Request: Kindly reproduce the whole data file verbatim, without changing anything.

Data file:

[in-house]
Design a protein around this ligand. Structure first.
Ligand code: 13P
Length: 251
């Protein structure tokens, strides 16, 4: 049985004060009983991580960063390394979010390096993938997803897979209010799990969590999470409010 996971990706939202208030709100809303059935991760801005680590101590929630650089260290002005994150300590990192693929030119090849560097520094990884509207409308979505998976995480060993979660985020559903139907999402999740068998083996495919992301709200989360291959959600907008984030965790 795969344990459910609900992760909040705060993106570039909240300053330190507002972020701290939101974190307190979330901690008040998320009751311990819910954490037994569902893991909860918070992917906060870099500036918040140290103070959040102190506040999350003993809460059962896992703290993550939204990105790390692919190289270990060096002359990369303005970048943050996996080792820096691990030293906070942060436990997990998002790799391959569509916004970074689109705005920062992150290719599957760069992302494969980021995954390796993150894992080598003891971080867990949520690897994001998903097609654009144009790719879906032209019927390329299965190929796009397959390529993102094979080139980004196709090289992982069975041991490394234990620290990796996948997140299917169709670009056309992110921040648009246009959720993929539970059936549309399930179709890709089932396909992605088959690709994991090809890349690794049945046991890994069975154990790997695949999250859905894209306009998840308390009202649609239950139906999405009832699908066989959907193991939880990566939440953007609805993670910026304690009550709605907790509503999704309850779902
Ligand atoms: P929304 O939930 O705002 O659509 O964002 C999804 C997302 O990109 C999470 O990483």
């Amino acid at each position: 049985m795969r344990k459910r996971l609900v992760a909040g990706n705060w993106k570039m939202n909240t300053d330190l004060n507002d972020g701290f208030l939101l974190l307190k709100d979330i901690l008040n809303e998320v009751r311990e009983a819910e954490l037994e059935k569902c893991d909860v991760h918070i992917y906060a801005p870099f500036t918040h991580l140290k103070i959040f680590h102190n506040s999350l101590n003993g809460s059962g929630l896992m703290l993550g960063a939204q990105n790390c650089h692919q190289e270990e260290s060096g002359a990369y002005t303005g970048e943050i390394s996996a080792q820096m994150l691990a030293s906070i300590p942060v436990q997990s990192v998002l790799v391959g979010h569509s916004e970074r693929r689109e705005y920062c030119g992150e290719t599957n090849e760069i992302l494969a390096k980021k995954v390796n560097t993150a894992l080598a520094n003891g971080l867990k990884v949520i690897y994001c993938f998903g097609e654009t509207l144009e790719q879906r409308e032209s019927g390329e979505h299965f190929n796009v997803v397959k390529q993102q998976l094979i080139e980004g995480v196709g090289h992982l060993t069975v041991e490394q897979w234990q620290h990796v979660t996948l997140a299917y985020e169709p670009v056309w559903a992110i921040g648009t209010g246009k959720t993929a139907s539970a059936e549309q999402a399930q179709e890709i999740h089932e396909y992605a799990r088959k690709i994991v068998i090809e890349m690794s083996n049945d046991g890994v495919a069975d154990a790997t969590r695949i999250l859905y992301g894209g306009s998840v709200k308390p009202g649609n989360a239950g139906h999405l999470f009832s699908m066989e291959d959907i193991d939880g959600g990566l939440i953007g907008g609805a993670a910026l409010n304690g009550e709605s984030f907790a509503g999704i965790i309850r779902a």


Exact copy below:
[in-house]
Design a protein around this ligand. Structure first.
Ligand code: 13P
Length: 251
């Protein structure tokens, strides 16, 4: 049985004060009983991580960063390394979010390096993938997803897979209010799990969590999470409010 996971990706939202208030709100809303059935991760801005680590101590929630650089260290002005994150300590990192693929030119090849560097520094990884509207409308979505998976995480060993979660985020559903139907999402999740068998083996495919992301709200989360291959959600907008984030965790 795969344990459910609900992760909040705060993106570039909240300053330190507002972020701290939101974190307190979330901690008040998320009751311990819910954490037994569902893991909860918070992917906060870099500036918040140290103070959040102190506040999350003993809460059962896992703290993550939204990105790390692919190289270990060096002359990369303005970048943050996996080792820096691990030293906070942060436990997990998002790799391959569509916004970074689109705005920062992150290719599957760069992302494969980021995954390796993150894992080598003891971080867990949520690897994001998903097609654009144009790719879906032209019927390329299965190929796009397959390529993102094979080139980004196709090289992982069975041991490394234990620290990796996948997140299917169709670009056309992110921040648009246009959720993929539970059936549309399930179709890709089932396909992605088959690709994991090809890349690794049945046991890994069975154990790997695949999250859905894209306009998840308390009202649609239950139906999405009832699908066989959907193991939880990566939440953007609805993670910026304690009550709605907790509503999704309850779902
Ligand atoms: P929304 O939930 O705002 O659509 O964002 C999804 C997302 O990109 C999470 O990483």
């Amino acid at each position: 049985m795969r344990k459910r996971l609900v992760a909040g990706n705060w993106k570039m939202n909240t300053d330190l004060n507002d972020g701290f208030l939101l974190l307190k709100d979330i901690l008040n809303e998320v009751r311990e009983a819910e954490l037994e059935k569902c893991d909860v991760h918070i992917y906060a801005p870099f500036t918040h991580l140290k103070i959040f680590h102190n506040s999350l101590n003993g809460s059962g929630l896992m703290l993550g960063a939204q990105n790390c650089h692919q190289e270990e260290s060096g002359a990369y002005t303005g970048e943050i390394s996996a080792q820096m994150l691990a030293s906070i300590p942060v436990q997990s990192v998002l790799v391959g979010h569509s916004e970074r693929r689109e705005y920062c030119g992150e290719t599957n090849e760069i992302l494969a390096k980021k995954v390796n560097t993150a894992l080598a520094n003891g971080l867990k990884v949520i690897y994001c993938f998903g097609e654009t509207l144009e790719q879906r409308e032209s019927g390329e979505h299965f190929n796009v997803v397959k390529q993102q998976l094979i080139e980004g995480v196709g090289h992982l060993t069975v041991e490394q897979w234990q620290h990796v979660t996948l997140a299917y985020e169709p670009v056309w559903a992110i921040g648009t209010g246009k959720t993929a139907s539970a059936e549309q999402a399930q179709e890709i999740h089932e396909y992605a799990r088959k690709i994991v068998i090809e890349m690794s083996n049945d046991g890994v495919a069975d154990a790997t969590r695949i999250l859905y992301g894209g306009s998840v709200k308390p009202g649609n989360a239950g139906h999405l999470f009832s699908m066989e291959d959907i193991d939880g959600g990566l939440i953007g907008g609805a993670a910026l409010n304690g009550e709605s984030f907790a509503g999704i965790i309850r779902a």